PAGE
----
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Winning Recipes from our Fall Picnic
Anna Stebbins' salsa was the top choice at our picnic tasting competition. Here's her winning recipe:
1 lb peeled, chopped onions
4 garlic cloves, peeled & chopped
1- 1/2lbs fresh Anaheim chiles, seeded and chopped
5 lbs fresh tomatoes, peeled & chopped
2 tsp salt
3/4 cup white vinegar (5% strength)
1/4 cup fresh cilantro leaves, chopped (optional)In large pot combine all ingredients except cilantro and heat to simmering. Simmer 10 min, then stir in cilantro if using.
Pack mixture into hot sterilized pint or half pint canning jars, leaving 1/2" head space. Adjust lids and bands to seal and process in boiling water bath, covering tops of jars 1-2" with water. Process 30 minutes at our altitude. Yield: 6-8 pints Refrigerate after opening.
Chris Scott's Raspberry Jalapeño Jam recipe:
(Adapted from Food & Family)
Makes 8-10 (6 oz.) jars of jam
Note: This jam isn’t overly spicy. It tastes like a classic raspberry jam, with a punch of heat at the end.
8 cups frozen or fresh raspberries
3 jalapeno peppers
4 cups sugar
The juice of one lemon
2 tablespoons pectin (I use Pomona’s Universal Pectin as it’s great for low-sugar recipes such as this.)
Fill a large stockpot or canning pot with water, and bring to a boil. (Fill it just enough to cover your jam jars, about 1/2 to 3/4 full.) Wash and rinse your jars, lids, and rings and then place in the pot of boiling batter. Turn heat off, cover and let stand in water until ready to use.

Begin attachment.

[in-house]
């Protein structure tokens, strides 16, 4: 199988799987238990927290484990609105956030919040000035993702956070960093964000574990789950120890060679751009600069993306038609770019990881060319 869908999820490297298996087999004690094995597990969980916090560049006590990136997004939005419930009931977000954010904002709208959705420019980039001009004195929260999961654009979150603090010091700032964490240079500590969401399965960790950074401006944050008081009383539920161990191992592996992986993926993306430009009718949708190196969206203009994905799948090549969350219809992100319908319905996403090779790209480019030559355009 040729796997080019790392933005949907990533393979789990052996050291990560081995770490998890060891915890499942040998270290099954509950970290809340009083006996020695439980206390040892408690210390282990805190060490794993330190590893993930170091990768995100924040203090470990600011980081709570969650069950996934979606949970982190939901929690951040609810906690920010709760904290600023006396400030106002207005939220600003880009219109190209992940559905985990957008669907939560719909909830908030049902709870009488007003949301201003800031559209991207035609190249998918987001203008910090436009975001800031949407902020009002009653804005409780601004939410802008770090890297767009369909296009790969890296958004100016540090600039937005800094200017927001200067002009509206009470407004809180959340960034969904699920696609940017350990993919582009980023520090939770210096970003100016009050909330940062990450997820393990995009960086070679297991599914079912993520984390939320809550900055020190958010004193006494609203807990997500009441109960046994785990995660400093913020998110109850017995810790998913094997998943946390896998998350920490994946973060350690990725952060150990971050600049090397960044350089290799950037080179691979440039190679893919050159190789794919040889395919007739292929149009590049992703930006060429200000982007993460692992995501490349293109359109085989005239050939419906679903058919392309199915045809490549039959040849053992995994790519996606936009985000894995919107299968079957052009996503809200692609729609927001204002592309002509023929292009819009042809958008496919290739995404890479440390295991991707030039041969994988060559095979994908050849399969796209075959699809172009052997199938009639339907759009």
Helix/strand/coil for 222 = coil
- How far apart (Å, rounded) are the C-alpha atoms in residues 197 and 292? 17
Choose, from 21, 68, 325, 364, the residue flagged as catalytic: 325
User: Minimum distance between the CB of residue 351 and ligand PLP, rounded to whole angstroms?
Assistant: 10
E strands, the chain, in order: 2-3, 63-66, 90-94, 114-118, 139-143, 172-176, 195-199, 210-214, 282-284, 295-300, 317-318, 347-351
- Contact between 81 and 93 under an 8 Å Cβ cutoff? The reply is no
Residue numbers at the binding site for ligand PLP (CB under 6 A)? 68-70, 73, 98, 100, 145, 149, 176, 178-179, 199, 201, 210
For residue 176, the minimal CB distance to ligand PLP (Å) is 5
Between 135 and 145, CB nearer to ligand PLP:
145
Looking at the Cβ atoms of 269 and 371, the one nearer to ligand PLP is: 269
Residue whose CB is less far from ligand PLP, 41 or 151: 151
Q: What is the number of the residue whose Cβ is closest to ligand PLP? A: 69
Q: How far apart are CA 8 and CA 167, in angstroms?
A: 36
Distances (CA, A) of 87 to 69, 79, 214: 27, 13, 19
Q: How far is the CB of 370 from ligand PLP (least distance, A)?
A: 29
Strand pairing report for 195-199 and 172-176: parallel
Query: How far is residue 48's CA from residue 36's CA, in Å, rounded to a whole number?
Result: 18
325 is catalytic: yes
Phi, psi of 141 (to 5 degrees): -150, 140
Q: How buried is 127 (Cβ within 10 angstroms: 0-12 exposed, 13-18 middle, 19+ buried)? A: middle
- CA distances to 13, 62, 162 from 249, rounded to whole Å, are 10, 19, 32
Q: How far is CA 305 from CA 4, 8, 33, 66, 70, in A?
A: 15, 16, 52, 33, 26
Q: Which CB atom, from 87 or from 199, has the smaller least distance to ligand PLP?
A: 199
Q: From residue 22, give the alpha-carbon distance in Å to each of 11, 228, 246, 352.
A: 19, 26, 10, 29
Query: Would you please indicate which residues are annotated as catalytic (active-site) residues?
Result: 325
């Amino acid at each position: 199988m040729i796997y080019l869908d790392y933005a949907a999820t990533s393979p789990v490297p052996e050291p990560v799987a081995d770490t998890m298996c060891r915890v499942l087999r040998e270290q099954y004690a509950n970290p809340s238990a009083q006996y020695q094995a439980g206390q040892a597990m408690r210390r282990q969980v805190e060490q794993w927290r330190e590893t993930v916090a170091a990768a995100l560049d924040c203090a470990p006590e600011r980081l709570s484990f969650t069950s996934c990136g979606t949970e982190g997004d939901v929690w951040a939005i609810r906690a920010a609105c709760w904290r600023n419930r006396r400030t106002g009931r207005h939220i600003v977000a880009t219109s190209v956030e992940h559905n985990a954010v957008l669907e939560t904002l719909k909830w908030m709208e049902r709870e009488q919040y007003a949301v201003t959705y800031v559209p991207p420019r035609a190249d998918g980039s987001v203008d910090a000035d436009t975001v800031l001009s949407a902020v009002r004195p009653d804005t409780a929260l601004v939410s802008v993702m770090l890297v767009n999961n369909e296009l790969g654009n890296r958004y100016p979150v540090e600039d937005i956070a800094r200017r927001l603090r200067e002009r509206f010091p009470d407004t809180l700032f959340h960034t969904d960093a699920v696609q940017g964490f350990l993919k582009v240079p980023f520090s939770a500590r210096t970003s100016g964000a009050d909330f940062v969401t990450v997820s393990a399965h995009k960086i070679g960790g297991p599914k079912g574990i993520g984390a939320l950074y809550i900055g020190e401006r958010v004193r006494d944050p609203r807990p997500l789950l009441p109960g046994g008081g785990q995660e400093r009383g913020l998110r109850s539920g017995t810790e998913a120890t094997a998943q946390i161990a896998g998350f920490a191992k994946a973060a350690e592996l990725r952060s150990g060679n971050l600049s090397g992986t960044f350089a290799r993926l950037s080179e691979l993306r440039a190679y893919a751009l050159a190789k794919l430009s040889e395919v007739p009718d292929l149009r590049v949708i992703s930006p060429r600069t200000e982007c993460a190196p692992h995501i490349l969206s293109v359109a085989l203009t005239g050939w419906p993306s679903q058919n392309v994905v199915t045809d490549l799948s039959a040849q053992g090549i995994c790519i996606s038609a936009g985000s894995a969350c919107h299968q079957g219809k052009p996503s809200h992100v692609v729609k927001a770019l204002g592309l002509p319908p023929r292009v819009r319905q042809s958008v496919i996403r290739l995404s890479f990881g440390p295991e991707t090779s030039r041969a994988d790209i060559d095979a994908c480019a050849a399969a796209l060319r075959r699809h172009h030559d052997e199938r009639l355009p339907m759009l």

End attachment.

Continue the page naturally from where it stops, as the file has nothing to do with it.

Mince the jalapenos. Depending on how spicy you want the jam, you can choose to remove or include the seeds (the more seeds, the spicier the jam).
Place the berries in a large pot, and gently mash them with the back of a spoon. Pour in the sugar, lemon juice, and jalapenos and bring to a full rolling boil over high heat. Stir continuously. Once the fruit comes to a boil, pour in the pectin and continue stirring over high heat for 4 minutes.
Remove mixture from the heat, and skim off any foam. Remove your jars from the hot water bath and place on a clean dish towel (be sure to drain any water from inside the jars). Ladle jam into jars, leaving 1/8 inch headspace. Make sure jar lids are dry. Place the lids on each jar, and screw jar rings onto each jar.
Process in a hot water bath for 10 minutes. Remove jars and place upright on a towel. Allow to cool completely. When cool, check seals by pressing middle of lid with finger, if lid springs back, the lid is not sealed and the jam must be refrigerated.
Debra Othitis' Strawberry Margarita Jam
3 cups crushed strawberries (about 6 cups whole berries)
2/3 cup lime juice
1/2 cup tequila
1/4 cup Triple Sec or other orange liqueur
6 cups sugar
1/2 of a 6-ounce package (1 foil pouch) liquid fruit pectin
1 teaspoon finely shredded lime peel
In an 8- to 10-quart heavy pot combine strawberries, lime juice, tequila, and Triple Sec. Stir in sugar. Bring mixture to a full rolling boil, stirring constantly. Quickly stir in pectin and lime peel. Return to a full rolling boil, stirring constantly. Boil hard for 1 minute, stirring constantly. Remove from heat and quickly skim off foam with a metal spoon.